Vuvuzelas are obviously impacting the quality of the matches. Any cultural tradition that negatively impacts the game should be banned. We are not getting top flight performances out there because they players can’t hear each other, they have headaches, and they can’t get a good night’s sleep. Do you want subpar matches? Because that’s what we’re getting.

  47. Raatzie says:

    Now this, on the other hand, is pretty racist.

  48. Patrick says:

    I think its just a matter of fans being fickle about something they don’t like. Really the worst thing about them is it drowns out the cheers when a team scores a goal. If you really care for the game than just ignore it, its not that hard. Its only irratating if you let it be..

    If you Ban the Vuvuzelas, than they’re setting a precident for things like Cowbells, whistles, drums, trumpets, and etc to be banned during future events. Really, the fair thing to do if they ban the Vuvuzelas is to ban all instruments.

    I think its just something fans will have to come to accept. Its part of the culture, they’re not dictating to us how we should do things so who are we to tell them how to do things?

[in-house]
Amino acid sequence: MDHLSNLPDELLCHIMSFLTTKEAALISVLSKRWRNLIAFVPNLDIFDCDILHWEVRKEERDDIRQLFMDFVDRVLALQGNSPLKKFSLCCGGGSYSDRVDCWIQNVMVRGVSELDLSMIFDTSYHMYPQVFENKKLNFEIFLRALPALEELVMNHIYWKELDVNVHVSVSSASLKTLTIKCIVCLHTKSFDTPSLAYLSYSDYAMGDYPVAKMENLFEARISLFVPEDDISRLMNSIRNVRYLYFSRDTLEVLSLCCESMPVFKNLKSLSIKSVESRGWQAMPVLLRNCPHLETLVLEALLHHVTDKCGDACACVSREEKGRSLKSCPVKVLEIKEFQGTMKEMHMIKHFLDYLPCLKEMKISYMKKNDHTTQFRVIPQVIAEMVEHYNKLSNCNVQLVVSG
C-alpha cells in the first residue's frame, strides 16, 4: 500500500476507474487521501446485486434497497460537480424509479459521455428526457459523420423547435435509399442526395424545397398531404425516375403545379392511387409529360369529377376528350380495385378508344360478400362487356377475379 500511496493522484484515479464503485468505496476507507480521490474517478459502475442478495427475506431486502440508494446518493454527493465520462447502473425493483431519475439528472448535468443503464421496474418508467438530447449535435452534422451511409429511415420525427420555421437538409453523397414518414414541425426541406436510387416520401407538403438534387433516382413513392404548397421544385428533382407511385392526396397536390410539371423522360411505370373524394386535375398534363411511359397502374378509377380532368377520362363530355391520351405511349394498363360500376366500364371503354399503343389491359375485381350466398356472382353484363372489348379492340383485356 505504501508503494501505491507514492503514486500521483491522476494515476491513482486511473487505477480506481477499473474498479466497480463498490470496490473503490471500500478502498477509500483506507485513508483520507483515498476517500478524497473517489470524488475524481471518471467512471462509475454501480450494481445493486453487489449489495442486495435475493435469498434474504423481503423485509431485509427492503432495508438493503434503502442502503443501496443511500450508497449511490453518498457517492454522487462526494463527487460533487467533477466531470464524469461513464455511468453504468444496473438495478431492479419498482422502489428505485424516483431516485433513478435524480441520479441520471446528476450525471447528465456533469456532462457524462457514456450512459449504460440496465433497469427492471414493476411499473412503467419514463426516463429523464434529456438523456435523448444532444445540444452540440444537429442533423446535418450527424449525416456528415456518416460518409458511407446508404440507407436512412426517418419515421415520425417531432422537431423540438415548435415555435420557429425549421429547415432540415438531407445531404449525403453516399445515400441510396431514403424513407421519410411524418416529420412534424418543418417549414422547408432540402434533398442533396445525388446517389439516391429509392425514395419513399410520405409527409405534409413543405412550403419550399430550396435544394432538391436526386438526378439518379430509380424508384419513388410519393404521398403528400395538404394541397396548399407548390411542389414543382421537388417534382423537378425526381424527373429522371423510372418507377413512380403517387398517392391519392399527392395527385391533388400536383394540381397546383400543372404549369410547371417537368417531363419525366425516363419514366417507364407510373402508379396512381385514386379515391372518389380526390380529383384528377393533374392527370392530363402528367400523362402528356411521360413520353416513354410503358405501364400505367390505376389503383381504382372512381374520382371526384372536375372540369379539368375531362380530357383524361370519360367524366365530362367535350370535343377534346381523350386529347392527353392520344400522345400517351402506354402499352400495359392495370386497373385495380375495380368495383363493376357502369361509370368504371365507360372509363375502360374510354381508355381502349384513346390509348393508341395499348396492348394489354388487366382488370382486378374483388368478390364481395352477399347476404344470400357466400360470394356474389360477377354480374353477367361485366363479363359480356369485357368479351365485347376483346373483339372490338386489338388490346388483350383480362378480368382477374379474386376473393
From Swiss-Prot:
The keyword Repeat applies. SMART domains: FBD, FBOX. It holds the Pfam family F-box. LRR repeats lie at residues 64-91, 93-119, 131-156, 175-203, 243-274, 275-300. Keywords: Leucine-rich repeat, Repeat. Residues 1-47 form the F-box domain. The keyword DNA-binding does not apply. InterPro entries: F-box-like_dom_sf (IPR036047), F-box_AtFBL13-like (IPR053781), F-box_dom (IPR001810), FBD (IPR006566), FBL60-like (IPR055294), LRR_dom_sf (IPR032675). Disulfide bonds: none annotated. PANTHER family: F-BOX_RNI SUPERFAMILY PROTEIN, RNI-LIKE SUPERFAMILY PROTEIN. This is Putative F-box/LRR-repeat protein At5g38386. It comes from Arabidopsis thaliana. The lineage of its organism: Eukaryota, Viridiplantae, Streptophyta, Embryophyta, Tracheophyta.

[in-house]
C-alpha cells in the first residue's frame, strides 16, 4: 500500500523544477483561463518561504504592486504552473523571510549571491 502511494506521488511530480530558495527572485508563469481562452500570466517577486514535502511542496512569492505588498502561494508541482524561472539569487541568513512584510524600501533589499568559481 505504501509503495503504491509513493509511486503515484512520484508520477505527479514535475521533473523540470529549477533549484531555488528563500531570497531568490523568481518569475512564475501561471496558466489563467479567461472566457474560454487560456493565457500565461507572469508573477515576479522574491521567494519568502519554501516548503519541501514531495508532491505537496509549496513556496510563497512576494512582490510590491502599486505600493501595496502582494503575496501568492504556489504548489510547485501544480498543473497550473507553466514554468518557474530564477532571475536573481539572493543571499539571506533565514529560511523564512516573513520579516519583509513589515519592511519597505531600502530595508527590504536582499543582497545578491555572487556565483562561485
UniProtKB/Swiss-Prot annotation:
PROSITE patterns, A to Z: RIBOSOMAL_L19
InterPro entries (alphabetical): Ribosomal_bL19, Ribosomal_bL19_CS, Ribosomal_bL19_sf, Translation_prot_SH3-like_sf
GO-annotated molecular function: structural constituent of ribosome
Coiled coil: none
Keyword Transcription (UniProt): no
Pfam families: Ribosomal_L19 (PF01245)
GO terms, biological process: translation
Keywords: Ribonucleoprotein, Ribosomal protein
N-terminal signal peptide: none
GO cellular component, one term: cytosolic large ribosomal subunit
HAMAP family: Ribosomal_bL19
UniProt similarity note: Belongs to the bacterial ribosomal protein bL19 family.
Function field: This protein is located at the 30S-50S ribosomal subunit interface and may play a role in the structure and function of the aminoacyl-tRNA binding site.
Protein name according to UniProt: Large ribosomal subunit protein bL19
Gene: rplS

• Raatzie says:

      If someone continuously plays a cowbell, whistle, drum, or trumpet for the entire 90 minutes, regardless of what’s happening on the field, I’ll call for banning that as well.

      Since, however, the people using those instruments are responsive to the flow of the play on the field, they get to keep their stuff.

      Really not that hard, people.

      If the vuvuzelas were being blown in response to goals, fine.

      If they ocassionally blew a song on them during a lull in the action, fine.

      But these things are nothing more than diversions for people (a) with short attention spans, and/or (b) who don’t care about the game and are the type of person to be at an event so they can say they were there.

  49. Jesse Chula says:

    Jimmy,

    Are you serious? That kind of rhetoric isn’t funny or appreciated on this site. If you’re going to comment like that, I’d prefer my articles have nothing to do with it.

    Simply ridiculous.

    • The Gaffer says:

      I removed the comment from Jimmy. Racist comments like that will not be tolerated on this site. Sorry to anyone who may have read them.

      Cheers,